THE REAL END OF CROWN PRINCE RUDOLPH.
» A gentleman write* from Vionna to the "Melbourne Argas"as under, toaohlog this iraglo aff*lr :— Whatl-know of this event; la derived from an au hcntio soaroe, and my atory may be Bsfeiy accepted as aoourate, howaver oon r dio>ory It may seem when compared with the versions already made public. My position m Vienna plaoes me (a a situation to catch an inside glimpse of Court life and roolety, and, belDg m the present case, desiroas if beoomiog acquainted with ihe particulars of hie Imperial Highooss' deatb, I set about intervlewlog those of my exalted sceualotances who were likely to know the teal truth of this matter. The real truth, however, is very different from any of ihe previous acoonts published, and even more sad. On the morning r,f the 29 h January Prlooe Rudolph drove out to his shooting b"X at Meferllng to attend one of his famous orgies, concerning which tho I ss aaM th > better. Several members of the Vijooa demi-monde weto In the hahit of fi urbg at these reunions, and this was nut by many the first revelry of tho kind held at Mele Hog, for the timple reason that Meierling, In Itj rural isolation, is out of earshot of the Kaleerstadt. When the Grown Prince rnaohed his destination h'n oon7ivial ft lends were already assembled . The Crown Prince dismissed his ooaohman, Bratfisob, who at onoe name back to town. As Bratfiaoh was driving up the Kohlmarkt, oae of tha busiest thoroughfit res of Vienna, 1 ned with *ho smartest shops, he law the young Baronets Vecera standing at the door of a shop, wading for a friend who was within making some purchases Bratfisob, drlv. ing along olose to the pavemant, bowed. That fatal bow the young lady returned. " Good morning, Bratfisob," s»ld she ; 'from where do you oomel "I ooms from Meierling. There's rare fun going on there to-day" "Drive mo there, said the Baroness suddenly. The man hesitated. "You must. I oommand." Thi next moment this glil of 17 summer* wi's seated m the carriage, the horses' heads were turned, and out to Meierling they drove, leaving her friend still m the •hop. On reiobing Meierling the yonog lady, who bad the reputatir* of being headstrong, fl ghty, and passionate, asked to see tho Prlnoe. She would tafce no refusal, and forced bar w*y Into the presence of the party, who were seated at the table. The Prlnoe, alarmed aod annoy jd it this untoward Intrusion, entreated the Baroness to return home. "No," said she defiantly; "now that I am here I shall stay." She sUyeJ. There was nothing for it but to oiler her t Beat at the table. Her social position entitled her to that to the right of her host, whioh she then occupied. The feast was at its height, tho company baoame more drunk than sober, when the Prince mtde some flittering observation to one of the women present. The remark roused the Baroness | jealousy. Her blood was up. She ei--1 pressed her indignation m no complimentary terms. Her host's reply exasperated her beyond messure. In her madness and intoxication she seized a long sharppointed knife from the table and It Into the Prince's stomaoh, The oonfusion into whioh the oompanv was then thrown was indescribable. The Prince, with the yell of a wild beast, sprang to hit fett and threw the girl on to tbe floor. He oaught hold of her by the throat, and strangled her, Before anyone oould interfere she was dead. Tbe Prlnoe oontlnued to shriek with pain, His agonising cries rang through the air, and were beard by the Inmates of the adjacent oottages. His friends sent off to the neighboring town of B»den for medical aid. They carried him Into his bed. oh amber, but scarcely had they p'aoed him on his bed than be drew a revolver, whioh he was In the habit of oarrying, and dlsobarglng the oontents Into his head at his right turn pie, expired instantaneously. A oouncil was held as to the manner In whioh the awfnl intelligence should be conveyed to the emperor. The speotators of the terrible scene were adjurod to 1 silenoe. It was deemed expedient to bury the body of the Baroness without delay, and before dawn the remains had bean borne to the neighboring village at Hail! aren Blut, where they were Interred m the churchyard . The details of what followed — of how the body of tbe Orown Prince was brought to Vienna, e to,— are uolversaally known. The effioial report of the Prince having died .by euiolde on tbe morning of the 30 h January Is not, therefore, founded on fact. The consternation of tho wltnewes was so great that many bouts elapsed after all was over before they oould come to any decision as to who was to bear the awful tidings to V' enn *j and as to bow they should be revealed at Court. The Emperor, when ho had learnt the worßt, took every precaution to keep the details of the tragedy secret The guests and servants at Meierling at the time were ordered, on the pain of incurring His Majesty's displeasure, to observe strict silence.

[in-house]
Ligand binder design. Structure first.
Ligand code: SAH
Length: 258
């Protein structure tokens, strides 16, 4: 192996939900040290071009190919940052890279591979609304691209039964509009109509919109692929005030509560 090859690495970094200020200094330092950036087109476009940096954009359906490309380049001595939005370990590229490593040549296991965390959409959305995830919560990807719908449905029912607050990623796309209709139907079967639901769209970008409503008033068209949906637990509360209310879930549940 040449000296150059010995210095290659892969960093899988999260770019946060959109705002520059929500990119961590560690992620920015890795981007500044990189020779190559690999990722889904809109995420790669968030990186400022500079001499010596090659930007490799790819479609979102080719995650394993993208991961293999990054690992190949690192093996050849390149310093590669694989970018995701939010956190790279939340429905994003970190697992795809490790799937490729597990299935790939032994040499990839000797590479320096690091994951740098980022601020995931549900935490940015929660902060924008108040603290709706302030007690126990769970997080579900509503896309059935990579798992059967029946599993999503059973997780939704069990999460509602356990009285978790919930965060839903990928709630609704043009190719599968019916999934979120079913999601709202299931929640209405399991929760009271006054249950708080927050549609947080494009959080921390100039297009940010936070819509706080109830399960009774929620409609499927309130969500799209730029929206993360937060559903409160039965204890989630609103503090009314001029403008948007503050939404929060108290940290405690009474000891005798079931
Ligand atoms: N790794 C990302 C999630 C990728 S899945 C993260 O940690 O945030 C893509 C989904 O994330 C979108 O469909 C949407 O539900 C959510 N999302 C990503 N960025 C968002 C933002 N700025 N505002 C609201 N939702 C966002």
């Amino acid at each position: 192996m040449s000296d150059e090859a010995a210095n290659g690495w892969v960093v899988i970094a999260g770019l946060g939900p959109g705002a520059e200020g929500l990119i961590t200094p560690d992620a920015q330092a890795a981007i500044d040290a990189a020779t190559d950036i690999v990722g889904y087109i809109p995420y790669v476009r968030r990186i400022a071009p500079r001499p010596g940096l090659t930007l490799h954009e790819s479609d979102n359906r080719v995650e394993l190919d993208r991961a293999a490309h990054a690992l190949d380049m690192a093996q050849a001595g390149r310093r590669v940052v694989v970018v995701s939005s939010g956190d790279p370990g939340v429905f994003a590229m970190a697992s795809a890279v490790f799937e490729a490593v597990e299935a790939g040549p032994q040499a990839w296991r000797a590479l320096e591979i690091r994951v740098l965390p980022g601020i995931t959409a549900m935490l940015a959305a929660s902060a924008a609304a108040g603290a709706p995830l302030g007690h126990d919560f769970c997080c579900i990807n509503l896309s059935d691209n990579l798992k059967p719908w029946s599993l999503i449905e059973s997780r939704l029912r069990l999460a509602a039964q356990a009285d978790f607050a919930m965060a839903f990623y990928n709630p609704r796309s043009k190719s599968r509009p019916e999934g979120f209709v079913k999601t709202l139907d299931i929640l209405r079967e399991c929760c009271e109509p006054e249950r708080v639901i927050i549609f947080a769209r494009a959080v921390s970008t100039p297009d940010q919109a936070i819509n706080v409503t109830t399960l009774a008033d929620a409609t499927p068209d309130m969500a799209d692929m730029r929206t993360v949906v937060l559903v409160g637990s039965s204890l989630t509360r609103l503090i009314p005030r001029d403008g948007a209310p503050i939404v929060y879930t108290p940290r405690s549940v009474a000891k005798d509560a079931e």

See our copyright guide for information on how you may use this title.
Papers Past now contains more than just newspapers. Use these links to navigate to other kinds of materials.
These links will always show you how deep you are in the collection. Click them to get a broader view of the items you're currently viewing.
Enter names, places, or other keywords that you're curious about here. We'll look for them in the fulltext of millions of articles.
Browsed to an interesting page? Click here to search within the item you're currently viewing, or start a new search.
Use these buttons to limit your searches to particular dates, titles, and more.
Switch between images of the original document and text transcriptions and outlines you can cut and paste.
Print, save, zoom in and more.
If you'd rather just browse through documents, click here to find titles and issues from particular dates and geographic regions.
The "Help" link will show you different tips for each page on the site, so click here often as you explore the site.